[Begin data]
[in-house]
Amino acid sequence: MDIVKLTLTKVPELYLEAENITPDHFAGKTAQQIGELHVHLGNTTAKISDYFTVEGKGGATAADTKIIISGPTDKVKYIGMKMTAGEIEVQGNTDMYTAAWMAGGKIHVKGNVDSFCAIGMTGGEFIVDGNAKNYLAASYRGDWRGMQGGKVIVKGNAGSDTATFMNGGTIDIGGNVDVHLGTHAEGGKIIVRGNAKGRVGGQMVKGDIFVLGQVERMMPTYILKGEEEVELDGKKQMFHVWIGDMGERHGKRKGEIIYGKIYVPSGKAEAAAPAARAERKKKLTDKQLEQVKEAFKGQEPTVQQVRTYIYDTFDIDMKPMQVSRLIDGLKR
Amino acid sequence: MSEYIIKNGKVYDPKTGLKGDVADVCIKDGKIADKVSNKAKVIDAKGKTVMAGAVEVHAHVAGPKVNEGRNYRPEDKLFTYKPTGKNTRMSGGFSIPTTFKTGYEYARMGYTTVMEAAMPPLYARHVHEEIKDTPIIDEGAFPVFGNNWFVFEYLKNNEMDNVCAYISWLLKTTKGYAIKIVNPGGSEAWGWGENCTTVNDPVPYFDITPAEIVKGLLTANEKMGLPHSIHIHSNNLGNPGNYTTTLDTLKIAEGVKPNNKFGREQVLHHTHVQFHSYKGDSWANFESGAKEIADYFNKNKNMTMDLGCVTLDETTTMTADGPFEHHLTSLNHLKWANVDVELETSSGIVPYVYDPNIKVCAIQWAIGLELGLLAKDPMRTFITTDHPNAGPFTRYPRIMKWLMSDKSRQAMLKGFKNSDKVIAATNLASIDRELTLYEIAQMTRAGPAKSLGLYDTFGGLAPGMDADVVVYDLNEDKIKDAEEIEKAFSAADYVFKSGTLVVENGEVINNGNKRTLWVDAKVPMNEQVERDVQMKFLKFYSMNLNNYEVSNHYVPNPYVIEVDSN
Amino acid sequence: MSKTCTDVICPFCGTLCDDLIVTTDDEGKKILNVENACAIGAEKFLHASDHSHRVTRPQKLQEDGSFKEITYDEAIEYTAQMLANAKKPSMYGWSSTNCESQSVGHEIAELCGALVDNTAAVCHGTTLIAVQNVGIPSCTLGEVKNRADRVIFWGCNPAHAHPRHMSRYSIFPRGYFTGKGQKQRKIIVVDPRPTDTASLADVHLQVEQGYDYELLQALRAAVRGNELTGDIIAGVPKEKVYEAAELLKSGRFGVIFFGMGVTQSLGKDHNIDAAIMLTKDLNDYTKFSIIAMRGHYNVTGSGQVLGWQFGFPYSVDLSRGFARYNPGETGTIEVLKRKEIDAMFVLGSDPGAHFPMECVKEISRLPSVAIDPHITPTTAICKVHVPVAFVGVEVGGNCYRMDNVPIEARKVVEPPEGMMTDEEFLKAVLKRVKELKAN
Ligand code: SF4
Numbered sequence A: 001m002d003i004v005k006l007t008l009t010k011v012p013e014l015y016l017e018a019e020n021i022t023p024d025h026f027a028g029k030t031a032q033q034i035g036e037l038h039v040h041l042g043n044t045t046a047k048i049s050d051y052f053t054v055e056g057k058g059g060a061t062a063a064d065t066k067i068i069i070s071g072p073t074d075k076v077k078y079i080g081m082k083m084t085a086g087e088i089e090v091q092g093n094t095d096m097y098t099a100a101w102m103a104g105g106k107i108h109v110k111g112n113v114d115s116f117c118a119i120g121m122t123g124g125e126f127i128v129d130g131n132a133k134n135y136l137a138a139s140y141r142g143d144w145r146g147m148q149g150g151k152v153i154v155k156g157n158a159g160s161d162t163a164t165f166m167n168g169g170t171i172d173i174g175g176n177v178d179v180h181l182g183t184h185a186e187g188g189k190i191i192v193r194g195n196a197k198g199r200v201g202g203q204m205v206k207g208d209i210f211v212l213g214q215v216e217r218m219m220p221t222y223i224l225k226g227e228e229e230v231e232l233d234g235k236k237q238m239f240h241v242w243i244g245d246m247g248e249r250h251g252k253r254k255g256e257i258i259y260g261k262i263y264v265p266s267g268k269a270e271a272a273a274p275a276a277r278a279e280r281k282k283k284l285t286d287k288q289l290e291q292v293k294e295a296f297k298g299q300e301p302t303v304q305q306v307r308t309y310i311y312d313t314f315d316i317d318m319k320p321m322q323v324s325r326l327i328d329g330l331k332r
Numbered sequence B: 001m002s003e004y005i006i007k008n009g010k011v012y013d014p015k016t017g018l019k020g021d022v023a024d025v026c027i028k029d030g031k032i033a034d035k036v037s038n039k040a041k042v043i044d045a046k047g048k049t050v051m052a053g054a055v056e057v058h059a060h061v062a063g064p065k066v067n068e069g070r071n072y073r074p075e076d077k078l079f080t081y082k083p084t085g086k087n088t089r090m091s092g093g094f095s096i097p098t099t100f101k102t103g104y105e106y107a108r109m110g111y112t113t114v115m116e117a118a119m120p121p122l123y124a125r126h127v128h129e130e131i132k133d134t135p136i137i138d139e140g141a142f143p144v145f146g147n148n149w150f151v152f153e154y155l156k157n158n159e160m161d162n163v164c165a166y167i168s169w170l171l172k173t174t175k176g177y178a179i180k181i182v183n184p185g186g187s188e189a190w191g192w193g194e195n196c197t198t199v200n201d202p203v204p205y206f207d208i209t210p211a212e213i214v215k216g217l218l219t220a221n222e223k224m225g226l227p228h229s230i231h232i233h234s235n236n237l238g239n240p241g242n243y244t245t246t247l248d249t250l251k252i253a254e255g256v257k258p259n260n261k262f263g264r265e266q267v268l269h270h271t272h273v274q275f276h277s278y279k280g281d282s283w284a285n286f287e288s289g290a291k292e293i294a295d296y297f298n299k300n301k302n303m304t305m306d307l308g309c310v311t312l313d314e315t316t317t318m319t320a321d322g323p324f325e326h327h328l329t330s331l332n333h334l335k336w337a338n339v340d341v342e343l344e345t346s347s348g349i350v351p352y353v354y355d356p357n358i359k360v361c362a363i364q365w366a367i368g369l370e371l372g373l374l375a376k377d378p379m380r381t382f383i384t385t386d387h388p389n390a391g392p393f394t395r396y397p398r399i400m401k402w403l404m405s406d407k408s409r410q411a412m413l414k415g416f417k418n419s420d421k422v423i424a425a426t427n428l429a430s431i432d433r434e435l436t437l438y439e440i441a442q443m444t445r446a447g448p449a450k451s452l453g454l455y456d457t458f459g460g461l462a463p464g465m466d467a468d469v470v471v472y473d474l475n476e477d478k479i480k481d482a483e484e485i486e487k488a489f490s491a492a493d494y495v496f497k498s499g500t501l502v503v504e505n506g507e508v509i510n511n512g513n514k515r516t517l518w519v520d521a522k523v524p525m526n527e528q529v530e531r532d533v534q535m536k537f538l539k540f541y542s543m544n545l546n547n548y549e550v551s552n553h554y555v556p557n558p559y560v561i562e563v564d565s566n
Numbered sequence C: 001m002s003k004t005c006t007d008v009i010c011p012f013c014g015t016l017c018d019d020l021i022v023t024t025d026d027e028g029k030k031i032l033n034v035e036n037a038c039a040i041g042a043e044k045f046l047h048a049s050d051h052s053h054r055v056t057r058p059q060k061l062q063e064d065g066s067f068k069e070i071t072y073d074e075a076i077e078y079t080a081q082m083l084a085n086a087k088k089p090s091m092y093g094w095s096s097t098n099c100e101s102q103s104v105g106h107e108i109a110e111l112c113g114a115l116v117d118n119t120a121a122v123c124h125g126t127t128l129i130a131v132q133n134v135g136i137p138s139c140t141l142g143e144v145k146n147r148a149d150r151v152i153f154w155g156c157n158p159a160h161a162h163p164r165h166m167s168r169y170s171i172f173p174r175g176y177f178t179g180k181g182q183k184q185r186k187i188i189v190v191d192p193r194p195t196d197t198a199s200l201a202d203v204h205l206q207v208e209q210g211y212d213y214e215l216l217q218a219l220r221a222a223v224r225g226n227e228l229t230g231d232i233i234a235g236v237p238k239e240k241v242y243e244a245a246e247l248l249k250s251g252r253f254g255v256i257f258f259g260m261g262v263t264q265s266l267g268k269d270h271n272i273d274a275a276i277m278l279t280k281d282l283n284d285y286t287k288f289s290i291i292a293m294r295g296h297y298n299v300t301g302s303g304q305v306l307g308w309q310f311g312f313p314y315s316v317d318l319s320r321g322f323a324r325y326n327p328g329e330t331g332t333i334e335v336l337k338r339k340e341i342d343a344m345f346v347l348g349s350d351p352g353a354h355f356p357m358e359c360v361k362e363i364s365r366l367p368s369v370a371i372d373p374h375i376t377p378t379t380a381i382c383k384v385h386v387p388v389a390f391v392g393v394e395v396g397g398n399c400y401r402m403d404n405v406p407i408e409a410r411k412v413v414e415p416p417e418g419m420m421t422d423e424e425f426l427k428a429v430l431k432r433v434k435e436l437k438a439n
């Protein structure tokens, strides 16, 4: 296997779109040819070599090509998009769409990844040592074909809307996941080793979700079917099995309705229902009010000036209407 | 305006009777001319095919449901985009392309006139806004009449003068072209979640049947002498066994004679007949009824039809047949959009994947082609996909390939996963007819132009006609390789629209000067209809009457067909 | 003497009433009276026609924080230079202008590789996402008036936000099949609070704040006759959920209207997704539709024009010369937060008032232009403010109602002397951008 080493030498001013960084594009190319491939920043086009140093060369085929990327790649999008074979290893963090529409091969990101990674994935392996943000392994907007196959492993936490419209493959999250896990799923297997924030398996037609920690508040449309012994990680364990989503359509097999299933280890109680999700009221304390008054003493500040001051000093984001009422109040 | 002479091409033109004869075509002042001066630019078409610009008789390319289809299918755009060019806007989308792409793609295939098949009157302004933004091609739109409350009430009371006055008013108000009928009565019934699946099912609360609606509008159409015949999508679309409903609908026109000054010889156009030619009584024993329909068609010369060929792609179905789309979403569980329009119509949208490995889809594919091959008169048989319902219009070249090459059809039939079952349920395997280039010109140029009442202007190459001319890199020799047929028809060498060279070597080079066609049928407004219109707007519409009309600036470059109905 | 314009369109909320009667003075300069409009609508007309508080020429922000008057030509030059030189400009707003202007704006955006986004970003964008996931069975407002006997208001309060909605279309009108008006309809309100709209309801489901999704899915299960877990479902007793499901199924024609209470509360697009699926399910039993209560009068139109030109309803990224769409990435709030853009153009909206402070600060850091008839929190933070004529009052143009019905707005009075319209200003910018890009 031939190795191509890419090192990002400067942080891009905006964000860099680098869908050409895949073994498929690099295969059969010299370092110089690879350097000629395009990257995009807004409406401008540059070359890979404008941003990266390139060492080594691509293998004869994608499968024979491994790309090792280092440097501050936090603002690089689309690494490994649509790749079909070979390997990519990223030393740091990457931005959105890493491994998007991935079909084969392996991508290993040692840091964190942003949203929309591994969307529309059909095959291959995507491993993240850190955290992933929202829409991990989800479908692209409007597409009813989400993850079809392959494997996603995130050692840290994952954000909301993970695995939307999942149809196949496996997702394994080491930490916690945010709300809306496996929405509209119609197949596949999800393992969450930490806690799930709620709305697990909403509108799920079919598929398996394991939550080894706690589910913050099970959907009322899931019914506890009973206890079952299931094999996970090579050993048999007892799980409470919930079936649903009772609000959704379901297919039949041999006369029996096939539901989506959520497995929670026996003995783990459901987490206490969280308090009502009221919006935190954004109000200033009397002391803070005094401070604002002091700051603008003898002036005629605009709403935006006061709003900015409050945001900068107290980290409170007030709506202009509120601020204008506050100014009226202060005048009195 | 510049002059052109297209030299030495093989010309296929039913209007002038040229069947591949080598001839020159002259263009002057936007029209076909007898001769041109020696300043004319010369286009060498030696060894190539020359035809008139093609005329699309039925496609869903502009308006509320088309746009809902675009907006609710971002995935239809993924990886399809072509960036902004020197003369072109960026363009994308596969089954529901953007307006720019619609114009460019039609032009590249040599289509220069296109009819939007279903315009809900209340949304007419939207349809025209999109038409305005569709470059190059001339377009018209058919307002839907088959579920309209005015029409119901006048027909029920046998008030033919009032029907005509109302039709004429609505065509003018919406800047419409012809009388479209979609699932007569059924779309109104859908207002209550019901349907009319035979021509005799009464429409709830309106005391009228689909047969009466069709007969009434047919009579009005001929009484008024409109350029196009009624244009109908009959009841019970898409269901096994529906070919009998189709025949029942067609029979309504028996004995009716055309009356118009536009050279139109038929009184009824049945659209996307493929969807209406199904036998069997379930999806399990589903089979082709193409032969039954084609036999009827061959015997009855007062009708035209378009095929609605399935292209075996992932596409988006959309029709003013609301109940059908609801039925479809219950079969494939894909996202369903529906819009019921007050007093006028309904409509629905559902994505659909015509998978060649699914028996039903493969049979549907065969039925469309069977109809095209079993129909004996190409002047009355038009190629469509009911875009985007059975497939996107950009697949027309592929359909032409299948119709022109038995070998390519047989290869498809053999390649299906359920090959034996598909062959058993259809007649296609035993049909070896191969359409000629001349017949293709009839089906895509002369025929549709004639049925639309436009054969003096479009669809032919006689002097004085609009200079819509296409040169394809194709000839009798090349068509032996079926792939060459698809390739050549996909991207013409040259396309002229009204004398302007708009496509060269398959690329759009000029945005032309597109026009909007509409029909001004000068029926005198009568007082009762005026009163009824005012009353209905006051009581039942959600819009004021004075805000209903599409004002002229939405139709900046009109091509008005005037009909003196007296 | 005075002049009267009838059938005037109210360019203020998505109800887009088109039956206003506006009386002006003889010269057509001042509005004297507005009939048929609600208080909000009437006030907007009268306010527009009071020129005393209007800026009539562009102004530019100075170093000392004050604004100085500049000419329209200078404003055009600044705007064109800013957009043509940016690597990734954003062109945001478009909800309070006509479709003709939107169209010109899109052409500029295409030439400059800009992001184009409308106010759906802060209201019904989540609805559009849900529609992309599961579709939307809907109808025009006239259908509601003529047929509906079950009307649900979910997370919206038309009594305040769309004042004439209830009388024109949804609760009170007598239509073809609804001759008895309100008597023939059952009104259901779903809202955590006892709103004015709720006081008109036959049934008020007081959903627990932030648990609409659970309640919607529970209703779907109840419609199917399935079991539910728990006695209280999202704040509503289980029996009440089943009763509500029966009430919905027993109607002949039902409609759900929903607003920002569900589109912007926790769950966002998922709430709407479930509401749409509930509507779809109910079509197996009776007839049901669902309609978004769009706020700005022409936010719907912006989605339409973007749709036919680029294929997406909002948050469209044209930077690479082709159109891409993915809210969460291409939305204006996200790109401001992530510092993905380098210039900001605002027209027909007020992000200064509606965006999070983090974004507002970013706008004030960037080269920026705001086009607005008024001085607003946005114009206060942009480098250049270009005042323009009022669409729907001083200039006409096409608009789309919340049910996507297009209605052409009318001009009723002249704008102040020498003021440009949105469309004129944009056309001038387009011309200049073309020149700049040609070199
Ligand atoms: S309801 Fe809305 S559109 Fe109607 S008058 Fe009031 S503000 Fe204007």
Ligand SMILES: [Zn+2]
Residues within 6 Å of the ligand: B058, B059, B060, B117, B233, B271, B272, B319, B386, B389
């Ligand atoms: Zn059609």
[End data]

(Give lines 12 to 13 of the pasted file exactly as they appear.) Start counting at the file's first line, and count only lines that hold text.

Residues within 6 Å of the ligand: B058, B059, B060, B117, B233, B271, B272, B319, B386, B389
């Ligand atoms: Zn059609």